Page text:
Home Economics Commitment and cooperation on high courts : a cross-country examination of institutional constraints on judges
Who Hears the Particular Appeal?
A jury of 500 Athenians decided Socrates’s fate. Socrates had been accused of refusing to recognize the gods of the state and of corrupting the youth of Athens. The jury heard arguments for and against Socrates before finding him guilty. The vote was fairly close—280 against Socrates to 220 in support of him. The jury then chose the punishment of death by a larger margin.
A jury of 500 is large but it wasn’t all Athenians. So why 500, and why these 500? One possible explanation is efficiency—500 jurors could be viewed as giving a fair representation of what all Athenians would have decided, without having to subject all Athenians to the inconvenience of sitting through the trial. Yet as soon as one gets a subset of the Athenians making the decision, one may worry about how they were chosen—were these jurors selected to increase the probability of finding Socrates guilty? It turns out the 500 were selected by lot so there was some randomness as to who was making the decision. However, the lots were drawn not from the whole population but from the population of males over 30 years of age. So the choice of this jury raises issues of both efficiency and politics. Would a different jury have found Socrates not guilty? Were these the best rules for choosing the jury?
These same issues arise on high courts. We saw that the process for appointing judges may make a difference as to how a court decides. Yet it is not only who is on the bench at any given time that may matter, but which of those judges hear a particular appeal. On some high courts such as the US Supreme Court all the judges decide almost all appeals together (en banc). However, on many other high courts around the world only a subset of the judges on the court hears most if not all appeals. In some countries, the chief justice, or the most senior judge, has the power to determine not only how many judges will hear a given appeal but also which individual judges will be participating.
As can be seen in Figure 4-1, very different numbers of judges heard appeals on high courts in the period from 1970 to the early 2000s. All nine judges on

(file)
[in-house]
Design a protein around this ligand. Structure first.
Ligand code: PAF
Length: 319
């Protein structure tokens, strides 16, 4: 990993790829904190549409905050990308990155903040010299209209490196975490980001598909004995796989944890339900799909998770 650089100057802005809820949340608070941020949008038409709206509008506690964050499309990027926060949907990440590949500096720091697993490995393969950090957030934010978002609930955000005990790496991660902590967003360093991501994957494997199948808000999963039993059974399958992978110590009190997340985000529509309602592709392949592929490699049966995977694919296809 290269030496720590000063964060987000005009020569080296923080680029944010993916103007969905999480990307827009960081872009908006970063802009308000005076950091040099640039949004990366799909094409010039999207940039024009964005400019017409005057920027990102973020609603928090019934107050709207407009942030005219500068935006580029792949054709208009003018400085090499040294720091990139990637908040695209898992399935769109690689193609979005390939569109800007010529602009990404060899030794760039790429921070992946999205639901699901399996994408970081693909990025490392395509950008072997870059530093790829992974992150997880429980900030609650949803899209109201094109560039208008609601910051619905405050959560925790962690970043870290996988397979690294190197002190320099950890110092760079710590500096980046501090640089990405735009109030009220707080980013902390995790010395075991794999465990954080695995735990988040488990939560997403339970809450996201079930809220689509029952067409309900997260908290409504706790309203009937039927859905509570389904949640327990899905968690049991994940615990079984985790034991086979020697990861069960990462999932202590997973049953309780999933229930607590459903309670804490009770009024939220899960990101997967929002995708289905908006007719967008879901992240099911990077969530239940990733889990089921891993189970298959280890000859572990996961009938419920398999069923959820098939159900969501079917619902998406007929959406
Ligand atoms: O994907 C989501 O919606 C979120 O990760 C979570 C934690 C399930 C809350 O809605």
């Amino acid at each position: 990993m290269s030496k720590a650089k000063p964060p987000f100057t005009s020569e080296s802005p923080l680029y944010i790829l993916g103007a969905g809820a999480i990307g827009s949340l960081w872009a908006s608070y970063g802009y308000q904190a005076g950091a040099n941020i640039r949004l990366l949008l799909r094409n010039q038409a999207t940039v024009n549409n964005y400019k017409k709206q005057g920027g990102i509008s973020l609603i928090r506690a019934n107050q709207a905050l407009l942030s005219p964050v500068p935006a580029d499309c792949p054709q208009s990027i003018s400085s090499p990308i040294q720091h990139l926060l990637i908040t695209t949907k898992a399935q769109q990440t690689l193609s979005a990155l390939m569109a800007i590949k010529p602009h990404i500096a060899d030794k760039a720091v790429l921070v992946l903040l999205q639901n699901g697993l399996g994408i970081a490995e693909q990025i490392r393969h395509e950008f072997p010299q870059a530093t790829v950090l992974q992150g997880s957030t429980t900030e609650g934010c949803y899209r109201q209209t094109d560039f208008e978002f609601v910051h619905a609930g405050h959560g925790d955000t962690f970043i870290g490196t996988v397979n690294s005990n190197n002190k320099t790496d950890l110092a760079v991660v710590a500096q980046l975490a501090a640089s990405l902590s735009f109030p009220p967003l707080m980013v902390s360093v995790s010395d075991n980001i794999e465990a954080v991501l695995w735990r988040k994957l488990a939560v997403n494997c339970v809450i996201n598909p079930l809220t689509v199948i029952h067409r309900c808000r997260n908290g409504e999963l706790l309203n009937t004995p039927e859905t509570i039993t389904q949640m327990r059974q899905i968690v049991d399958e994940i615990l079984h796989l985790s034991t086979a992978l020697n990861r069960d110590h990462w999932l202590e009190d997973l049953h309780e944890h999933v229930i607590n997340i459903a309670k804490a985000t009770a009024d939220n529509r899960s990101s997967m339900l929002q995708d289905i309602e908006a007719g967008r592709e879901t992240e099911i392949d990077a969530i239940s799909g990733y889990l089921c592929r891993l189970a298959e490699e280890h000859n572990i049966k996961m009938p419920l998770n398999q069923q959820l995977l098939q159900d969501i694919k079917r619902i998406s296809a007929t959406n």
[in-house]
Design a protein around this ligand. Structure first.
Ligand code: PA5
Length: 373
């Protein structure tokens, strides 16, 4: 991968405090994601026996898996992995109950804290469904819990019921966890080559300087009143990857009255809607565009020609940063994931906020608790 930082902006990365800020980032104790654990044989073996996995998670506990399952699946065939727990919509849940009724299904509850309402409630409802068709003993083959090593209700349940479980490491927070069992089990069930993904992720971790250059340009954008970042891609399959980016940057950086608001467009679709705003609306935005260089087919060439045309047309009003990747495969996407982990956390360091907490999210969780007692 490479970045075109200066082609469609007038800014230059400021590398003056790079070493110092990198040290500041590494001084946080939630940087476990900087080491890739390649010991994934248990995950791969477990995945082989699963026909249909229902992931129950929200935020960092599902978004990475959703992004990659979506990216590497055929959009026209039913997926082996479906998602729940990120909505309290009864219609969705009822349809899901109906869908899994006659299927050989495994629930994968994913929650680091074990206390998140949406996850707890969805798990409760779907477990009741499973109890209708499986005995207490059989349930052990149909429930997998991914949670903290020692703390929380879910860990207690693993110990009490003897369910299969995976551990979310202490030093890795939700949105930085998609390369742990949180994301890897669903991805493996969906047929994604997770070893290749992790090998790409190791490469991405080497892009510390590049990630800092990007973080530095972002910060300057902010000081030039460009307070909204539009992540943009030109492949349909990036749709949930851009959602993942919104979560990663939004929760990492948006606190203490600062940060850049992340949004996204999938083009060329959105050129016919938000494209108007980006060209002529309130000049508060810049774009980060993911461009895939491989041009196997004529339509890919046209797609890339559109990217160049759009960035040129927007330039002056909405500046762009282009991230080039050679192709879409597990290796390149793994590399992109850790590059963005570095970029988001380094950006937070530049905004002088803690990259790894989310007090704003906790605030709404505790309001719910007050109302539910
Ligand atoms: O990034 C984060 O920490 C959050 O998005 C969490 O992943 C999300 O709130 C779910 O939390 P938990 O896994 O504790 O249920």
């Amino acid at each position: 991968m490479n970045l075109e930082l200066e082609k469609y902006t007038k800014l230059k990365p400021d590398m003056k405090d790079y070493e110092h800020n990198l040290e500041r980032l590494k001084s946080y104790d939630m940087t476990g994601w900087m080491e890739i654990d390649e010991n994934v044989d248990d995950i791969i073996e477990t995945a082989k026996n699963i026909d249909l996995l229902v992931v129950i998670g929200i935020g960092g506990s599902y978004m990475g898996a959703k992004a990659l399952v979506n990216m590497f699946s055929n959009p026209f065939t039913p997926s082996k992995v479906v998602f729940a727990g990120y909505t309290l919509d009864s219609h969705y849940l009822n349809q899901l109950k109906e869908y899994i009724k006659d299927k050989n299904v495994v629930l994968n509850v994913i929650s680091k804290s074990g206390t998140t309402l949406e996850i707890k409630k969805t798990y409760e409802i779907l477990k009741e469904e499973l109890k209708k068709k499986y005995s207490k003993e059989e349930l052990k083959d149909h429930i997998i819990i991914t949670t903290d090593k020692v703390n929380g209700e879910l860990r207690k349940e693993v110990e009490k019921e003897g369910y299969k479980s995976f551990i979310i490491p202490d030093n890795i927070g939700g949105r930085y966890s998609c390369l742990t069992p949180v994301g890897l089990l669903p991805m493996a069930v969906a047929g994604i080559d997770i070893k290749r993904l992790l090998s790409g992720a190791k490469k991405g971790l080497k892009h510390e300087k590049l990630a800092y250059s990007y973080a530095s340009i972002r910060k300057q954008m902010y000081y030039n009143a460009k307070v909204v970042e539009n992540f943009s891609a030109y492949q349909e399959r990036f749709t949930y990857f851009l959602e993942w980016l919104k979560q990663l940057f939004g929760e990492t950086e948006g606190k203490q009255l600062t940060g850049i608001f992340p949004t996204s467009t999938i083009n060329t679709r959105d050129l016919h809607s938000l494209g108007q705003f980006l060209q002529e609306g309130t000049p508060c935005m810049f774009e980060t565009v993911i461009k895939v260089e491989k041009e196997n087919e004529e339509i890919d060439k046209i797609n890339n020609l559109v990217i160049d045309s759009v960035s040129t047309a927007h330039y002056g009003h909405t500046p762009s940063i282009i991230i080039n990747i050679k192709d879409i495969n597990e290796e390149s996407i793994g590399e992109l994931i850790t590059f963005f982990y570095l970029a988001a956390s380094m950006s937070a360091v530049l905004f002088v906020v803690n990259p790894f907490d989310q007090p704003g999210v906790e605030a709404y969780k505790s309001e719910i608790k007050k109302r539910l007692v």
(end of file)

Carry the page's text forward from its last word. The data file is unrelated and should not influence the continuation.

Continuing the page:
Commitment and Cooperation on High Courts. Benjamin Alarie and Andrew J. Green.
© Oxford University Press 2017. Published 2017 by Oxford University Press.
Figure 4-1 Percent of cases at different panel sizes, 1970 to early 2000s. India and the United States are at the extremes with lower and higher panel sizes, respectively. Canada is more evenly spread across a number of panel sizes.
the uS Supreme Court hear the vast majority of cases, although sometimes only eight judges will hear an appeal where, for example, there is a vacancy or conflict of interest. At the opposite extreme, only two or three of the 31 members of the Indian Supreme Court sit on most hearings. Along this range fall appellate panels in a variety of sizes. The uK House of Lords generally heard appeals in panels of five but the current uK Supreme Court with 12 judges sits in panels of five, seven, or nine judges, as does the Supreme Court of Canada with a total of nine judges. Similarly, Australia with seven judges hears appeals in panels of three, five, or seven. The Supreme Court of Canada had the most equal distribution over a number of panel sizes, with number of cases relatively evenly spread across panels of five, seven, or nine.
As with the Athenian jury, we can imagine two different stories about what happens if not all judges hear every appeal. First, tailoring the size and composition of panels hearing appeals provides a significant efficiency advantage over hearings en banc. A high court can hear more appeals when it divides into small panels to hear cases. India, for example, uses its large number of judges and small panel sizes to hold over 7,500 hearings in a year. Also, depending on how the panels are assigned, the workload can be evenly spread across the judges, and judges can specialize in certain types of appeals. In Israel, for instance, Justice Levi, an expert in criminal law, rendered 30 of 54 criminal law decisions by the Israeli Supreme Court between 1999 and 2002.
The second story is less benign. Whoever has the power to choose the size and composition of panels that hear particular appeals has the power to influence outcomes of the appeals. If the chief justice has the power to decide the size and composition of panels, as is the case in Canada, she may be able to increase the probability of her preferred outcome on a given case if she leaves the judges who are likely to disagree with her off the panel. Consider an example from the uS Federal Court of Appeal. When Chief Justice Tuttle of the Fifth Circuit assigned two or three of four particular judges to a panel in race relations cases, the plaintiff won 67 percent of the decisions as opposed to only 50 percent with other panels.
Which of these stories holds for a particular court will depend on the formal and informal rules around how panels are set. Discretion to decide who hears an appeal is not necessarily a path to biasing outcomes, at least overtly. For example, former chief justice Lamer of Canada indicated that he would try to form a panel of nine justices, the maximum size possible, if he thought the outcome of a case would be different with a panel of nine compared to a smaller panel. Moreover, discretion can avoid potentially quite biased panels that one would expect to sometimes arise if assignment were completely random. However, in order to get a sense of the trade-off across these stories, we start by looking at how different courts decide who decides.
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